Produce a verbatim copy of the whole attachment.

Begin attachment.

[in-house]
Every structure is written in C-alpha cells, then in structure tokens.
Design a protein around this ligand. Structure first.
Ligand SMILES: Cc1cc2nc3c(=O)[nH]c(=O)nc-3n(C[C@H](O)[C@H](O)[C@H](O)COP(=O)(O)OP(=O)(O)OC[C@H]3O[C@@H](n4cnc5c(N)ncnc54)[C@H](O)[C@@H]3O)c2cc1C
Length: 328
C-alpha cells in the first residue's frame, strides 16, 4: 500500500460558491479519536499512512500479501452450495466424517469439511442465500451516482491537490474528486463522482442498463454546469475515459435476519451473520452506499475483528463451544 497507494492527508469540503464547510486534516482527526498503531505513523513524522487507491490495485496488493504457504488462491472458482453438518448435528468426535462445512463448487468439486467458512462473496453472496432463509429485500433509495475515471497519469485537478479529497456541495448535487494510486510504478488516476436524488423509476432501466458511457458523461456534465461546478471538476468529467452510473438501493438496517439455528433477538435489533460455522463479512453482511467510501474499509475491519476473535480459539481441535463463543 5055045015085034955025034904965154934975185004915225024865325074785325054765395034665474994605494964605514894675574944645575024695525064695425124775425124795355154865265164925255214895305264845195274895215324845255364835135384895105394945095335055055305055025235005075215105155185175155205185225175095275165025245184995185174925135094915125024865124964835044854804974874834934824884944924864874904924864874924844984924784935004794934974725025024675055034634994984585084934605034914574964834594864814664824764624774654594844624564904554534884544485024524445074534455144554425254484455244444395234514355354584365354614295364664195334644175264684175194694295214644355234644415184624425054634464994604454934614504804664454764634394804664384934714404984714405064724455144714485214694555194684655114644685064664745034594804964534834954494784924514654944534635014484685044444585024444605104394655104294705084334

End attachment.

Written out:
[in-house]
Every structure is written in C-alpha cells, then in structure tokens.
Design a protein around this ligand. Structure first.
Ligand SMILES: Cc1cc2nc3c(=O)[nH]c(=O)nc-3n(C[C@H](O)[C@H](O)[C@H](O)COP(=O)(O)OP(=O)(O)OC[C@H]3O[C@@H](n4cnc5c(N)ncnc54)[C@H](O)[C@@H]3O)c2cc1C
Length: 328
C-alpha cells in the first residue's frame, strides 16, 4: 500500500460558491479519536499512512500479501452450495466424517469439511442465500451516482491537490474528486463522482442498463454546469475515459435476519451473520452506499475483528463451544 497507494492527508469540503464547510486534516482527526498503531505513523513524522487507491490495485496488493504457504488462491472458482453438518448435528468426535462445512463448487468439486467458512462473496453472496432463509429485500433509495475515471497519469485537478479529497456541495448535487494510486510504478488516476436524488423509476432501466458511457458523461456534465461546478471538476468529467452510473438501493438496517439455528433477538435489533460455522463479512453482511467510501474499509475491519476473535480459539481441535463463543 5055045015085034955025034904965154934975185004915225024865325074785325054765395034665474994605494964605514894675574944645575024695525064695425124775425124795355154865265164925255214895305264845195274895215324845255364835135384895105394945095335055055305055025235005075215105155185175155205185225175095275165025245184995185174925135094915125024865124964835044854804974874834934824884944924864874904924864874924844984924784935004794934974725025024675055034634994984585084934605034914574964834594864814664824764624774654594844624564904554534884544485024524445074534455144554425254484455244444395234514355354584365354614295364664195334644175264684175194694295214644355234644415184624425054634464994604454934614504804664454764634394804664384934714404984714405064724455144714485214694555194684655114644685064664745034594804964534834954494784924514654944534635014484685044444585024444605104394655104294705084334